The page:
Update March 28, 2011: I just heard from Chris Walker, news editor at CBC Kelowna, that the Beaverdell Hotel burned down last night. What a total drag...... and, from Coral Fife: It is a sad day for the Williams Family. My grandparents Mervin and Delia Williams owned the hotel in the 50's and 60's. My parents were helping after my grandfather passed and lived there with my sister. It has been the last link to my grandfather for most of us. Five generations have had their photo taken on that porch. And many family weddings and parties took place there. Love your photos and write up. See below for more photos.
...added March 29th – photos culled from the web
The Vic Randall photos are from castanet.net, the news site.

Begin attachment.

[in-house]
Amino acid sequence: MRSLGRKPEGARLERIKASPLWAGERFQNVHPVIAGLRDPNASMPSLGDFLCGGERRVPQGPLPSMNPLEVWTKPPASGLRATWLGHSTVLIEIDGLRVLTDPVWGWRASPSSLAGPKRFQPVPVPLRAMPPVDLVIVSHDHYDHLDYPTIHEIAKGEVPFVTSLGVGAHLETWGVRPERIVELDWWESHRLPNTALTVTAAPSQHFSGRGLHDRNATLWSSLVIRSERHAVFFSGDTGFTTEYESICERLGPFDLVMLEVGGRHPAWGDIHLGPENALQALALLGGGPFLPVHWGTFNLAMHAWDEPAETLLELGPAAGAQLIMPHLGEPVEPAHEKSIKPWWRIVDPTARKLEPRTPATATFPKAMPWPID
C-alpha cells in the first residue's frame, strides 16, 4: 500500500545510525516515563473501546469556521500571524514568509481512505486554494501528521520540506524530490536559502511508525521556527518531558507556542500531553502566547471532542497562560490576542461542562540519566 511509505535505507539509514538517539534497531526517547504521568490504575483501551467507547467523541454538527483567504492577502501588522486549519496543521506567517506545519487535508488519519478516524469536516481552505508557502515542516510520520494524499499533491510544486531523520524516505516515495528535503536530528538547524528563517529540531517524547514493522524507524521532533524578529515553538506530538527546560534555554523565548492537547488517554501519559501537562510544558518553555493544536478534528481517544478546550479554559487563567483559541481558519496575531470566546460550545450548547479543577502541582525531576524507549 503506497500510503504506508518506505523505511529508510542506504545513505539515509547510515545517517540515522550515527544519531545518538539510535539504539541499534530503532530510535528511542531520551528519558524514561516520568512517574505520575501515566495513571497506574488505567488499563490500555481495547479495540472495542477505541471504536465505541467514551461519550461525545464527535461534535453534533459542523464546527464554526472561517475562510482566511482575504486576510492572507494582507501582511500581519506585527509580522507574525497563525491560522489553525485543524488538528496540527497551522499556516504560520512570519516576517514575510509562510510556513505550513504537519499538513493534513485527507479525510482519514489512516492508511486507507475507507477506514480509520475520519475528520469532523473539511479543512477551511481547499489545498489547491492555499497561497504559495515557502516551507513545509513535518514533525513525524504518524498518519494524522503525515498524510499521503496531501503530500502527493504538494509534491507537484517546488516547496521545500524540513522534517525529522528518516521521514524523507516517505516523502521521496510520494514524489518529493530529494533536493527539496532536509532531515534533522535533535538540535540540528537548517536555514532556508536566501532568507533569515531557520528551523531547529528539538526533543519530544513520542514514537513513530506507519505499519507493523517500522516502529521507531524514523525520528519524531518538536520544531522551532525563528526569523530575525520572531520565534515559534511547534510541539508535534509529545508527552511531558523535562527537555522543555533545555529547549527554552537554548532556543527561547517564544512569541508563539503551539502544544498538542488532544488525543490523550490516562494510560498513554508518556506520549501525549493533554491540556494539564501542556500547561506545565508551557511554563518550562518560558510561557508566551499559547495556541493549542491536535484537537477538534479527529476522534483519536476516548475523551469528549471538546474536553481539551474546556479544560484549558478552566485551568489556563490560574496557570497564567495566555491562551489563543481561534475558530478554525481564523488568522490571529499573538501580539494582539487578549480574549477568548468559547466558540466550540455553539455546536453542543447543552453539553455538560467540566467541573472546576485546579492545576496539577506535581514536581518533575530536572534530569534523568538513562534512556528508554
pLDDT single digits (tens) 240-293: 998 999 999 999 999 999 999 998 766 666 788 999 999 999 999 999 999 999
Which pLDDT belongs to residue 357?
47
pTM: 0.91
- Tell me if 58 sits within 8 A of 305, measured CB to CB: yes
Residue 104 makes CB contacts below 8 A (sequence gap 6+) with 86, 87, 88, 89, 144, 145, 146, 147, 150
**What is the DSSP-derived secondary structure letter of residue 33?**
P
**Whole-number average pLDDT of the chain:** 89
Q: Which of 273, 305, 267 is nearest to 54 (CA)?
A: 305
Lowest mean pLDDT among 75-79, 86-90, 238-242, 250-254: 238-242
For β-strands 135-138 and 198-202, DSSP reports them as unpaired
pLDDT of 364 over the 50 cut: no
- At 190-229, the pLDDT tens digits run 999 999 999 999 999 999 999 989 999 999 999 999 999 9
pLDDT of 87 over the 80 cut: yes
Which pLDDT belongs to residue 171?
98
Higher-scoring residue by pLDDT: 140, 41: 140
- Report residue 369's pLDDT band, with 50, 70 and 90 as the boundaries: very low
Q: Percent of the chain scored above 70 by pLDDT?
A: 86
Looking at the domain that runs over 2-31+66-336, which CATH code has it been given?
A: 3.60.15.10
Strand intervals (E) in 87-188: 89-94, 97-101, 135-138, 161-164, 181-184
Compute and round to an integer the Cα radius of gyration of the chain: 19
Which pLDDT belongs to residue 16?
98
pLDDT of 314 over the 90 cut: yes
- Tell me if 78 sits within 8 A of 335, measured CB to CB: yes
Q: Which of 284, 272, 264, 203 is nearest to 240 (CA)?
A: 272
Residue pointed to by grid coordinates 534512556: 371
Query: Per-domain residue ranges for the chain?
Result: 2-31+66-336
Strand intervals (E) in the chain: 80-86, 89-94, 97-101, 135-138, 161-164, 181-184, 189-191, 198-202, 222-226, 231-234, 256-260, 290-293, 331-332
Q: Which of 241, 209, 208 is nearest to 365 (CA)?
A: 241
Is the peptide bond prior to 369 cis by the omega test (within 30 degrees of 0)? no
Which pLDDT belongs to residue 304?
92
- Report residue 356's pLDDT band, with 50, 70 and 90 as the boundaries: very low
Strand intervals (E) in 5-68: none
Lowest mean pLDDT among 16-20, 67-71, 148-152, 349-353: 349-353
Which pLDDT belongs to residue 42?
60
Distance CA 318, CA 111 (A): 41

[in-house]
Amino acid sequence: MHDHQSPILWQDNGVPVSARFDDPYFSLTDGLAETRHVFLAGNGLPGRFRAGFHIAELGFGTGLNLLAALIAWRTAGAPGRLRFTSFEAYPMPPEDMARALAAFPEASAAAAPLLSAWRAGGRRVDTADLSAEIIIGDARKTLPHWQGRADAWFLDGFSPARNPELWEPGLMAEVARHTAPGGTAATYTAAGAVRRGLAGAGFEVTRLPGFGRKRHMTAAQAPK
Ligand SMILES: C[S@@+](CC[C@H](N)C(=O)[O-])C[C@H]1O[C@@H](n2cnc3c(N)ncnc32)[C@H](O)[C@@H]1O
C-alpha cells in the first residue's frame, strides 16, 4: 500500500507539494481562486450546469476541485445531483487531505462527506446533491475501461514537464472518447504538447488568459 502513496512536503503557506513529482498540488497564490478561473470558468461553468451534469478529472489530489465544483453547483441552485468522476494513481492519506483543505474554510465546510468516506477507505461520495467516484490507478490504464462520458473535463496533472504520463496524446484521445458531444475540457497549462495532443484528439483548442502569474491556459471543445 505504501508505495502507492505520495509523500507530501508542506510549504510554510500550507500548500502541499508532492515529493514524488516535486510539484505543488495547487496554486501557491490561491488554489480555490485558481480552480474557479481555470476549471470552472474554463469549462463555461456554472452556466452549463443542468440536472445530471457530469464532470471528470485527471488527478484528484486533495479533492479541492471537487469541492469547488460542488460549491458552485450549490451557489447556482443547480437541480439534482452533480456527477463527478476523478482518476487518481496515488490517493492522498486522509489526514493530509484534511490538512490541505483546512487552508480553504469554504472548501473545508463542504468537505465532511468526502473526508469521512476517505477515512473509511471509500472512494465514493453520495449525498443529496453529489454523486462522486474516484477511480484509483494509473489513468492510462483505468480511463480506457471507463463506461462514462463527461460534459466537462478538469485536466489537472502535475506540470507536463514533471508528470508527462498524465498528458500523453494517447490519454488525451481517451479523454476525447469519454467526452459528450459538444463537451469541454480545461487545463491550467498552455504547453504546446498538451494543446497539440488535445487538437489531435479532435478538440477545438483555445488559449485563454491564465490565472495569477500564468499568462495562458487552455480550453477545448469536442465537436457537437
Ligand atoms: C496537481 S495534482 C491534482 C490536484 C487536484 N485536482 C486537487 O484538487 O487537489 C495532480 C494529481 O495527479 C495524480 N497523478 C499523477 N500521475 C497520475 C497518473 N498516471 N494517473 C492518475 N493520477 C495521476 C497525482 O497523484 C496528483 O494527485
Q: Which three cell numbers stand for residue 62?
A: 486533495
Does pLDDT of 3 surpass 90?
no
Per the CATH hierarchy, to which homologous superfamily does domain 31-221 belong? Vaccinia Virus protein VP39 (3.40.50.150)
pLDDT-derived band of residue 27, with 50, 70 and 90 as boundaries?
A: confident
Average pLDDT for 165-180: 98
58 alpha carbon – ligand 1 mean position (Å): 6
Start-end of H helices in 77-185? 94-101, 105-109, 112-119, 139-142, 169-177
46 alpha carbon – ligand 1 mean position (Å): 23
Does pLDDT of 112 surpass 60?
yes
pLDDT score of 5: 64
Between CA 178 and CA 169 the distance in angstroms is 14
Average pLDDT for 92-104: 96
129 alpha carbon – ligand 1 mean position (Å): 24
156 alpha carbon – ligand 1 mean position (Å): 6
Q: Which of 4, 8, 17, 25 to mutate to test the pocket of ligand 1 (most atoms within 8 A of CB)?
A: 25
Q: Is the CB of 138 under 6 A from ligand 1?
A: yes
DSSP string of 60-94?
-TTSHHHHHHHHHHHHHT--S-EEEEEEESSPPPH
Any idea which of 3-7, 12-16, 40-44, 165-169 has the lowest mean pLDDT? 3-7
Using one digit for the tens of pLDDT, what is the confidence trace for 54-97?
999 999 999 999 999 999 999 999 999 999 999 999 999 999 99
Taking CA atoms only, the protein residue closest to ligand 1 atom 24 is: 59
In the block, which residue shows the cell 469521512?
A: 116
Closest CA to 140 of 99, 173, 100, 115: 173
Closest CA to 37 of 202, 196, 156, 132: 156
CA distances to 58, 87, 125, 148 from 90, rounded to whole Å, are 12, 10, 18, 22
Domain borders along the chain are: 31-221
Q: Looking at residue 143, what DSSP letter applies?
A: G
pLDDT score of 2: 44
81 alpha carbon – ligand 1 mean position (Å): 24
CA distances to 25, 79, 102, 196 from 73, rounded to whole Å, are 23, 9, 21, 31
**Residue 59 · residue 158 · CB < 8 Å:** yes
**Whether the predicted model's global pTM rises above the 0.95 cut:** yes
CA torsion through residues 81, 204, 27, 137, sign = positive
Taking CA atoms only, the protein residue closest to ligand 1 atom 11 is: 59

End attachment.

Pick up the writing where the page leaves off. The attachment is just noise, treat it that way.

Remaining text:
Note from the Boundary
The hotel does have a real "roadhouse" feel to it – as you arrive in the town and see it up ahead on the roadside, the shape of it says "hotel" and the thirstometer gets cranked up a notch or two. It's a very pretty area to visit, especially in October when the tamarack turn golden and dot the pine-forested hillsides.
From lilly goetting, 2013:
I really enjoyed all the beaverdell stories.- my husband bruno
and I came to beaverdell in1952 and were the first germans to
come there after WWII. we got married in beaverdell and I didn’t
understand one word of our wedding ceremony in english. my
husband worked in beaverdell for 36 years at the mine. our two
daughters grew up there until after 14 years, it was time for
them to go to highschool. so for 22 years we had two homes, one
in beaverdell and one in penticton. the mining camp was torn
down a few years ago and now, one can’t even find the spots